Rolemaster, Puppetmaster, Catan Master: Pete Fenlon

Rolemaster, Puppetmaster, Catan Master: Pete Fenlon

From drawing the world of Tolkien for Middle-earth Role Playing and designing Rolemaster to fostering the spread of Settlers of Catan, few people have had an impact on tabletop gaming as Peter Fenlon.

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The critical success/failure system in Rolemaster was legendary. Your character could be dispatched in one hit should the GM roll a high roll on the critical results table or you rolled abysmally on the critical failure table. As I recall there was a flat chance to crit succeed or crit fail, maybe that was in MERP. It was definitely a harsh and more complex system when compared to Dungeons and Dragons.

Rolemaster/MERP has the distinction of being the one and only game I ever ran with a complete party wipe! What a great system.

And thank you for the awesome, untold story of ICE and Peter Fenlon.

Oh my god! This is like a trip to my youth. I had every Rolemaster book I could get a hold of, I had all the Shadowworld books, Spacemaster and Cyberspace (even if Cyberpunk 2020 was the better system), I had some thousand Middle Earth CCG cards and so on. And now he's publishing Settlers of Catan.
If anybody likes board games he should definitely take a look at them. And if you don't like board games because they are either too complex or too simple, take a look at Catan too. It's definitely worth it.

Settlers of Catan is a pretty fun game, and a "gateway" into the more complex (but incredibly fun) other games. (like Eurogames or stuff by Fantasy Flight)

Man, I loved the Rolemaster system in college, even if my characters always did wind up dying in some bizarre fashion that prevented resurrection. Occasionally the gamemasters actually felt bad about it because I was a pretty good player - just had the most eat-shit luck sometimes. Actual conversation:

GM: "So the hellhound breathes a fireblast at you and...*roll*...uh...*open-ended roll again*...uh-oh..."
ME: "Should I just start rolling up a new character now?"
GM: "No, no, I mean, okay, you take a...*consults chart*...er...34G-type Fire critical, but you're at full hits, there's almost no chance the critical will...*roll*...ummm..."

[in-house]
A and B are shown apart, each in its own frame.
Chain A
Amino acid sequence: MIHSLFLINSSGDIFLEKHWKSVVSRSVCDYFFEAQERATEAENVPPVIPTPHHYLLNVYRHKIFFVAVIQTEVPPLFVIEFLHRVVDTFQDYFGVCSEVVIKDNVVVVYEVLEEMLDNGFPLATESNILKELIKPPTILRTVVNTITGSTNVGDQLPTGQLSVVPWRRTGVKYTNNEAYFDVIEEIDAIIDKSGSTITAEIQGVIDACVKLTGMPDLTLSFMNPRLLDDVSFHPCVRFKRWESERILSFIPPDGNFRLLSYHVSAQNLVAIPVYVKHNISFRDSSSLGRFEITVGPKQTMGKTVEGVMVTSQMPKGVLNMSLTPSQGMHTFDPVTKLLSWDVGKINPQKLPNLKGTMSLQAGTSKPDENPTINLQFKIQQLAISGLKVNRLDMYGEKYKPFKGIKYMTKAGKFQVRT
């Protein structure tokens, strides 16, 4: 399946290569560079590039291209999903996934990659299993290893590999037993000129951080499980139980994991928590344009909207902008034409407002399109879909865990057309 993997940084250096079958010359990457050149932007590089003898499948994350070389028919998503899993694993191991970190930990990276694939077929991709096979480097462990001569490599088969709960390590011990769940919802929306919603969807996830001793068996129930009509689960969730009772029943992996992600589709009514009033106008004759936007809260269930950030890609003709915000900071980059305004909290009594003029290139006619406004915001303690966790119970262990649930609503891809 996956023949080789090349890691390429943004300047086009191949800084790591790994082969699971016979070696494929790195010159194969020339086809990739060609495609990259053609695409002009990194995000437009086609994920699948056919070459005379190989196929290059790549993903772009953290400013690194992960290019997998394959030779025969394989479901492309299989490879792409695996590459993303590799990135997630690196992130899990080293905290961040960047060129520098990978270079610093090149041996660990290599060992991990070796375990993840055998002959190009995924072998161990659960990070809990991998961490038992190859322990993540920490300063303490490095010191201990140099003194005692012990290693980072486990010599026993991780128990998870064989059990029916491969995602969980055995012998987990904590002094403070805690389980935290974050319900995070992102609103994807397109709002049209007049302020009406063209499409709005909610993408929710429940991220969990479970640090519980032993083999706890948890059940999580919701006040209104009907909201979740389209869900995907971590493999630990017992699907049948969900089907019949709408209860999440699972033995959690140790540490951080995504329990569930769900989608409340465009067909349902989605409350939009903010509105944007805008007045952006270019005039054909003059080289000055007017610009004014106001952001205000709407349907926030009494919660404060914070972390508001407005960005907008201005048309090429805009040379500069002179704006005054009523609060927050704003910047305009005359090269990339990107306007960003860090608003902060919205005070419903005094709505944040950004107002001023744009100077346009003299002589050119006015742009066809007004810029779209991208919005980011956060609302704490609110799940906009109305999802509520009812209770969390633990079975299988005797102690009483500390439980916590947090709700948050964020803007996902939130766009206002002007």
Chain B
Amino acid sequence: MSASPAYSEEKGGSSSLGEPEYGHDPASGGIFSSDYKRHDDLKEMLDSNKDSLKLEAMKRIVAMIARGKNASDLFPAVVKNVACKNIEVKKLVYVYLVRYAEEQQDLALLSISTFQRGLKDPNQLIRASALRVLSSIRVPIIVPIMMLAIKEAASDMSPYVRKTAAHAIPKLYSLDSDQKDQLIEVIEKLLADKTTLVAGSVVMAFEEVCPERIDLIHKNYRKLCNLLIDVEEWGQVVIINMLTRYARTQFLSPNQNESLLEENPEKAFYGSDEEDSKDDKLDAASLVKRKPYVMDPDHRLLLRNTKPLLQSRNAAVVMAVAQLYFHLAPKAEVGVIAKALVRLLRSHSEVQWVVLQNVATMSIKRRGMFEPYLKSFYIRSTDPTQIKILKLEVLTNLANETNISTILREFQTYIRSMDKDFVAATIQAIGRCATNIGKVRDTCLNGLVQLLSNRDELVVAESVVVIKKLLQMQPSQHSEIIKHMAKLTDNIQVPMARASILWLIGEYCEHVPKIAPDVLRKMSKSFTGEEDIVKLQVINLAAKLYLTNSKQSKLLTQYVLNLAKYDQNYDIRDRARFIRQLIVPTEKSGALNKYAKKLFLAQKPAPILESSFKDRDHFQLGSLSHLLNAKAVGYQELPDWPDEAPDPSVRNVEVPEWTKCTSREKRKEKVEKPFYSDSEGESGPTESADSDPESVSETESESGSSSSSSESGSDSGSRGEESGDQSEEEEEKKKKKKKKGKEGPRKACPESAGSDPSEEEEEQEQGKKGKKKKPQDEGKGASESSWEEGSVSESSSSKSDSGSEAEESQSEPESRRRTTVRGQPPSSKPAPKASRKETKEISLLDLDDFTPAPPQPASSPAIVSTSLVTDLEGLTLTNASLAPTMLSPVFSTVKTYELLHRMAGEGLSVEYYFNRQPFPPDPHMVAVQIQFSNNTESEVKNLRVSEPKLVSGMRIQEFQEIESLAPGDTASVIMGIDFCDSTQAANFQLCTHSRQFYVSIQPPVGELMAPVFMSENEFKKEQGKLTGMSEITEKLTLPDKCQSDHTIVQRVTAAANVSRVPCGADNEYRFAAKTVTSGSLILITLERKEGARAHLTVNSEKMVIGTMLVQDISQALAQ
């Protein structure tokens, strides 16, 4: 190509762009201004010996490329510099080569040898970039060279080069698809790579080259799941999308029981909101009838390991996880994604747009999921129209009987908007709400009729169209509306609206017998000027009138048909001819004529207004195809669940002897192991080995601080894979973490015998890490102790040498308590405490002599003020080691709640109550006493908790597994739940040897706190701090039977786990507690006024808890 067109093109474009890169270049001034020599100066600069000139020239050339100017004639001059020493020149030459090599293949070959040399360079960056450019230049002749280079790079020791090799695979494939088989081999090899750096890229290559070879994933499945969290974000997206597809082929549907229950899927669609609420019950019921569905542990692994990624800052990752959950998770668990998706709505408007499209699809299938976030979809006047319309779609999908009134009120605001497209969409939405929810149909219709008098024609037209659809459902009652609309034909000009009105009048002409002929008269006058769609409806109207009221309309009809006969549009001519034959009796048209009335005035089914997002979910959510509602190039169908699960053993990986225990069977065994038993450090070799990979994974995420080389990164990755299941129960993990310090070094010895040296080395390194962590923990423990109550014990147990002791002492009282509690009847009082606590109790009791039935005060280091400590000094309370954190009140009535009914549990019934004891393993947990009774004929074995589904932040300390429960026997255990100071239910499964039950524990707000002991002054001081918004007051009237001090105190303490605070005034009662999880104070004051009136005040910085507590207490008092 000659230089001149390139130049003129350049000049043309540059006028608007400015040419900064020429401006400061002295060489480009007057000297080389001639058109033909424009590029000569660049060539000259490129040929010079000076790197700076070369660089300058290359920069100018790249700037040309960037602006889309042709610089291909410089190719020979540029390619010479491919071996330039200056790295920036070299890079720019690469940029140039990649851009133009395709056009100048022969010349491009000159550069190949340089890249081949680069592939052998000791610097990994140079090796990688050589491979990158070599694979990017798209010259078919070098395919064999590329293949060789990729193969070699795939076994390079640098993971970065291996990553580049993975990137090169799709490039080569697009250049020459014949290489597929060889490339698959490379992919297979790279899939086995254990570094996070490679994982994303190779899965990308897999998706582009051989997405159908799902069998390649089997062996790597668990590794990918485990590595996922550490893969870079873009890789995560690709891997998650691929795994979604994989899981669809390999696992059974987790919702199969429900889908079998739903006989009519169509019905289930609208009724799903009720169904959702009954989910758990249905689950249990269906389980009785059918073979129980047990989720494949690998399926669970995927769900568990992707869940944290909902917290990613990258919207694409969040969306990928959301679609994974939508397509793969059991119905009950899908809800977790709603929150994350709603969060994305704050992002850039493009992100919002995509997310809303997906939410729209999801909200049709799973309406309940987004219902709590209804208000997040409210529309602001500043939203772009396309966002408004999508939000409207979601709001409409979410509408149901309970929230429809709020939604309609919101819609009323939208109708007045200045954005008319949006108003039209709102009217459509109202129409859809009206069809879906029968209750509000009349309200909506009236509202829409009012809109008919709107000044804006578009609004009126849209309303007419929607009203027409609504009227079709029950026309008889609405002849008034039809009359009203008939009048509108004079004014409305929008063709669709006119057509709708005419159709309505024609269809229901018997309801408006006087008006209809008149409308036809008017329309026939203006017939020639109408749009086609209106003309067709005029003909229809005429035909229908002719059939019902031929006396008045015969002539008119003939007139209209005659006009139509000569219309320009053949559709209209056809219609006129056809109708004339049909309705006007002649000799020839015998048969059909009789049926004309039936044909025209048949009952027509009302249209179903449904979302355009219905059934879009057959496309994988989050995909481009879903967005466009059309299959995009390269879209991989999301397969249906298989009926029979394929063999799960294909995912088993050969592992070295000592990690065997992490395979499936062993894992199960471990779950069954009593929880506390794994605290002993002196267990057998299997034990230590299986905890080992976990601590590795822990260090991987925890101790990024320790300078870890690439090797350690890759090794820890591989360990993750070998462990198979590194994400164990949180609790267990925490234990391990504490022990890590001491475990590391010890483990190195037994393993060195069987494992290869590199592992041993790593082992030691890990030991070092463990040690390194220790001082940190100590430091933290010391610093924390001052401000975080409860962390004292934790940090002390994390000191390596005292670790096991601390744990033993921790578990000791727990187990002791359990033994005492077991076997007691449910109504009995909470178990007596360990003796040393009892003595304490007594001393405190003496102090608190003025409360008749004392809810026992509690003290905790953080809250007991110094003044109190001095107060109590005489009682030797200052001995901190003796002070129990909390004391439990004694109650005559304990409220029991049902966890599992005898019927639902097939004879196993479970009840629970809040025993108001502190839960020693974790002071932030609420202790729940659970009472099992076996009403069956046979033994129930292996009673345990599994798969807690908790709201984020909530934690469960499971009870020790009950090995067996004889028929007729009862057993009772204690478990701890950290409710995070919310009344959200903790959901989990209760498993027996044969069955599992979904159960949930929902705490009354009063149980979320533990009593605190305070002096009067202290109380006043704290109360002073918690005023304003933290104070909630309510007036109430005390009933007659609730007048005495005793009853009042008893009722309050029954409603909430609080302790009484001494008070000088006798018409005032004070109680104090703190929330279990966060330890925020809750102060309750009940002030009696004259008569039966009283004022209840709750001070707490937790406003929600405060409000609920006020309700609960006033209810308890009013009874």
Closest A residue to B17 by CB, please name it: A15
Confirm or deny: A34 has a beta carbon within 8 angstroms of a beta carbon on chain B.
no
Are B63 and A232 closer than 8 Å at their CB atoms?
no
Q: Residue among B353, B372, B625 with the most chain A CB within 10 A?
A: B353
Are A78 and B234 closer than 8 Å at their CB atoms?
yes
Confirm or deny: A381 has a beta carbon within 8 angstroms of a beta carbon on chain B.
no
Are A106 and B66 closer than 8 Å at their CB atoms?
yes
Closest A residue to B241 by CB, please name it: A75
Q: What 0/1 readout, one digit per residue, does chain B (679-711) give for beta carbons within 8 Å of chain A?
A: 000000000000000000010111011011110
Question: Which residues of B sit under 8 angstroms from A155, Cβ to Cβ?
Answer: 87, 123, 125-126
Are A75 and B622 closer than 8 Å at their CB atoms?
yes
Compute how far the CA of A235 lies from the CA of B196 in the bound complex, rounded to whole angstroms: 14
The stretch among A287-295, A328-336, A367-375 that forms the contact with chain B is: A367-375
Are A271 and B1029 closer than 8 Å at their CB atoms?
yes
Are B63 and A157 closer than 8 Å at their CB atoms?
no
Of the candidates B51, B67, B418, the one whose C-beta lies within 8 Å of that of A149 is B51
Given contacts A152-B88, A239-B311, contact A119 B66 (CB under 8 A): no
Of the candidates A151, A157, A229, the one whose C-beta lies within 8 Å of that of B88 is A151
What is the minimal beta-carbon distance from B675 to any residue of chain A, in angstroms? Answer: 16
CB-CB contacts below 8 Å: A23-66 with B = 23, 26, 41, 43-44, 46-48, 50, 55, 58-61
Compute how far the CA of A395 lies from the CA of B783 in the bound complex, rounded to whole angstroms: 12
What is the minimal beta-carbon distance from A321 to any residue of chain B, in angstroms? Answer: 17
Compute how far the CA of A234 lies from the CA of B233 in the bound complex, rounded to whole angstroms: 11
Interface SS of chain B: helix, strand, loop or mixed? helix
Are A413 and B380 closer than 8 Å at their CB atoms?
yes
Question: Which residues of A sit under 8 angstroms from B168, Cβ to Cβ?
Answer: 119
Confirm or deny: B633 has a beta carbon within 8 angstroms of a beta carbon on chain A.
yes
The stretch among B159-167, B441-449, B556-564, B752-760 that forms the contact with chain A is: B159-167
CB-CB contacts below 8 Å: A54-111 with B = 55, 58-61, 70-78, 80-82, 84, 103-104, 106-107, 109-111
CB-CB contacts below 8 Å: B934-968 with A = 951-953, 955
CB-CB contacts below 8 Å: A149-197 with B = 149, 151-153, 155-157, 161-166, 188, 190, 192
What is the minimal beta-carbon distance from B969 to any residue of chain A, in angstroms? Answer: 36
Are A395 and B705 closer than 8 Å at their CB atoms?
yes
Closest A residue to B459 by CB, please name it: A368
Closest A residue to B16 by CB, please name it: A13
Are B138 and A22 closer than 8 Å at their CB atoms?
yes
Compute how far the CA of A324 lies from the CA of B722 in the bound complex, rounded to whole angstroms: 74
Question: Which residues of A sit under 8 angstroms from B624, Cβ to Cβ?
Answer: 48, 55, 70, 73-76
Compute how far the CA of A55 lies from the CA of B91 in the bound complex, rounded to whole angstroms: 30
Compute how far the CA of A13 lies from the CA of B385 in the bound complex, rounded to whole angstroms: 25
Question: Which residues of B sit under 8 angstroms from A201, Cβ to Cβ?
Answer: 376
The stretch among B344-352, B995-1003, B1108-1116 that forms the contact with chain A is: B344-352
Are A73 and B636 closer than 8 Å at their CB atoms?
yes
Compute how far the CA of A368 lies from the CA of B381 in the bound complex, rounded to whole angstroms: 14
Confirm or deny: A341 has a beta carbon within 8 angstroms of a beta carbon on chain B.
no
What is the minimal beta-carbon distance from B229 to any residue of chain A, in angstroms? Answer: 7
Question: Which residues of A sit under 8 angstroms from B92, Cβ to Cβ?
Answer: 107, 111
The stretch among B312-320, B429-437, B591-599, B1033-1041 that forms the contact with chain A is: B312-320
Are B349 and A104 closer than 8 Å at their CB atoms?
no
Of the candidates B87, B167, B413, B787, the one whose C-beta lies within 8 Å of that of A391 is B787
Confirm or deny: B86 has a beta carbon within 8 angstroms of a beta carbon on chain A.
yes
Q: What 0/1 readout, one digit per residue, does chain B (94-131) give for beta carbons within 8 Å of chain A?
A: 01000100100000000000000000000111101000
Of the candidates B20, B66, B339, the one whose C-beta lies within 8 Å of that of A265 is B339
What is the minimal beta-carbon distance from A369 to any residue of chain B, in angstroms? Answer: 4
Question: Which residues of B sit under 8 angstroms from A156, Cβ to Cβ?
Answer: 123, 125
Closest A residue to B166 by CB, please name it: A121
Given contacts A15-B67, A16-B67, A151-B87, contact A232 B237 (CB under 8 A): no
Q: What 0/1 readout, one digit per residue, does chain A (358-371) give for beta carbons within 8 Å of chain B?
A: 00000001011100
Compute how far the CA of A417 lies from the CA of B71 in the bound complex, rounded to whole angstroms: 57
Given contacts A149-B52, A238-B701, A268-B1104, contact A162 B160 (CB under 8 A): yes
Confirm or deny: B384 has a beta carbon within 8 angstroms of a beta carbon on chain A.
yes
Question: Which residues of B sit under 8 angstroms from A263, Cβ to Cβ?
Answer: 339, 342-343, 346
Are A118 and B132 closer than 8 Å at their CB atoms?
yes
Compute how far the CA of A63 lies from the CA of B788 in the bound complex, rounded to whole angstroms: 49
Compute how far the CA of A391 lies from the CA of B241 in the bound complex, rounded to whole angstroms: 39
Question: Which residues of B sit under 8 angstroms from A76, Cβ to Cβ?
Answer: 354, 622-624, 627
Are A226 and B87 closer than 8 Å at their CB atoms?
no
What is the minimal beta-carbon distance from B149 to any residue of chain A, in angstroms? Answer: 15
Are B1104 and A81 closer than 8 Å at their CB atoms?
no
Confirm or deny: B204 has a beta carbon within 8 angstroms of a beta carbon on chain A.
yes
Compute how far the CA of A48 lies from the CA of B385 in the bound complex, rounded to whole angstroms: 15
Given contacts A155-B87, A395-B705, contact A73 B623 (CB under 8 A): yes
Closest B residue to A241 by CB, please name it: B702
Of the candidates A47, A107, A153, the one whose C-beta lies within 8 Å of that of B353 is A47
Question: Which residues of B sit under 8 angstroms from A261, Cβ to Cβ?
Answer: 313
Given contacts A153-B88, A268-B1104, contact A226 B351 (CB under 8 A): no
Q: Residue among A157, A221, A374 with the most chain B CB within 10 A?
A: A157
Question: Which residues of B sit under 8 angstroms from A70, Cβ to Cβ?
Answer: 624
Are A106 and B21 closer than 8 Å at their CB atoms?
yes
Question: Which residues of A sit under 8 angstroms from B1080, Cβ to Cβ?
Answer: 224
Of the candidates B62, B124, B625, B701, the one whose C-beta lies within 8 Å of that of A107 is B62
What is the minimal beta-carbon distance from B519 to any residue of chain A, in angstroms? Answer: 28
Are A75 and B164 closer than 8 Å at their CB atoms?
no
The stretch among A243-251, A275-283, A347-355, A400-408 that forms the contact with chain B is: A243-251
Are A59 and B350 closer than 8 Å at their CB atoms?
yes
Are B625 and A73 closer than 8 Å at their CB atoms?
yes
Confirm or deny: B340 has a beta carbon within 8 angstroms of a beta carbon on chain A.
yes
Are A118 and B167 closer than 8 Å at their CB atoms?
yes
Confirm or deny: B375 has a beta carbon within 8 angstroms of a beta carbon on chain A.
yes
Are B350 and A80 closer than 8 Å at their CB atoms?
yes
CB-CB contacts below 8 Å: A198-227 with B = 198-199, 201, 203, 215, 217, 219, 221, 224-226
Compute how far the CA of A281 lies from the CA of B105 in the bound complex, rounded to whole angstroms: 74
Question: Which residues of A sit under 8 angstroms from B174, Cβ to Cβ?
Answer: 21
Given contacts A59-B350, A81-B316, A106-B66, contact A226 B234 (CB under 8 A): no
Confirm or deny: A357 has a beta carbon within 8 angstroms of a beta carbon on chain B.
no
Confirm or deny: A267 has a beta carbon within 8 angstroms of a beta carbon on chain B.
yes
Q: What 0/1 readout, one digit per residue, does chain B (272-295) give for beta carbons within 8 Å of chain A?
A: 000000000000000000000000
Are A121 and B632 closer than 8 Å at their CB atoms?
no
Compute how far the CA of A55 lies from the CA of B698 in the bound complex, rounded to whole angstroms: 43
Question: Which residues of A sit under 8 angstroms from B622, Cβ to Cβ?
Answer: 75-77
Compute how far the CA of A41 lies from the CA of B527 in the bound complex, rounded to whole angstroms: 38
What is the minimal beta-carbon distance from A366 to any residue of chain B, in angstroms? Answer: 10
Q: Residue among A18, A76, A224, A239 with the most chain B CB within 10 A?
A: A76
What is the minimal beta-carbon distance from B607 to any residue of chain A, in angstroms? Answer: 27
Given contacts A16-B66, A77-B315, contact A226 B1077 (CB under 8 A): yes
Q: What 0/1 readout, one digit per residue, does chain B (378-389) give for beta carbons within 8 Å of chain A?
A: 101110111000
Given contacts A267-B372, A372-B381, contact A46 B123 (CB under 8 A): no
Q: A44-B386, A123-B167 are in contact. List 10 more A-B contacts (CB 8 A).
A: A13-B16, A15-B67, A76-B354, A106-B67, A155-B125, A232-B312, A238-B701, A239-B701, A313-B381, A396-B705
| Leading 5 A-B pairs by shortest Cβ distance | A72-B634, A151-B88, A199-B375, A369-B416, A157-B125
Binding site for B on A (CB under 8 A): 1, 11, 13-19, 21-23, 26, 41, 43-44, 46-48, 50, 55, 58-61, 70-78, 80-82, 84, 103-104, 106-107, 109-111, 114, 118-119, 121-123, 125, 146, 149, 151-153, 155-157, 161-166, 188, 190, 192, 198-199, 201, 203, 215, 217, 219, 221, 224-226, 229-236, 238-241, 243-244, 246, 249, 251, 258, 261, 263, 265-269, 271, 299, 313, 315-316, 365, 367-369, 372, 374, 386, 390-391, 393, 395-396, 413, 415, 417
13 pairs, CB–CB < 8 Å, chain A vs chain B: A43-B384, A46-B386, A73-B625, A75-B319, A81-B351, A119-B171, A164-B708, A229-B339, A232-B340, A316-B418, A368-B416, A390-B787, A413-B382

ME: *looks at die result* "98, huh? Lemme see, according to the fire critical table, that means I'm..."
GM: "...I am REALLY sorry."
ME: "...instantly burned to a pile of ash. Due to a fireball the size of my hand."

I got my revenge a few months later when the guy who had been that GM was playing a character in a campaign I was running. He had not seen Rolemaster Companion III yet and at one point uttered this line which is forever etched in my memory...

"A NETHER Critical? What's THAT? *pause* Why are you smiling like that?"

Haven't played it in something like fifteen years, but my RPG bookshelves still have the old 3-book set and Rolemaster Companions I-VII displayed in a prominent place of honor.

Ahhh, Settlers of Catan, the only game where the phrase "I have wood for sheep" has a legitemate gameplay meaning.

Pity it's not actually terribly good. The card game is better, more variety, more choices to make. San Juan is an even better building-stuff-card-game, and is also better than it's big brother Puerto Rico.

Awesome article!
(I'm a long-time fan of Rolemaster, and I have all the HARP books.)

It is a very nice article - I remember trying MERP back in the 80s and not finding it to my tastes, but it (and RM) sound pretty good in this description. Perhaps I'll scrounge around for some PDFs.

Also, as a W&M/UVA alumnus, it's fun to hear about those schools' close association with an important part of RPG history.

I really like this Article, Spell Law was my favourite book, but i have all of them, it's like a trip to the past :')

 

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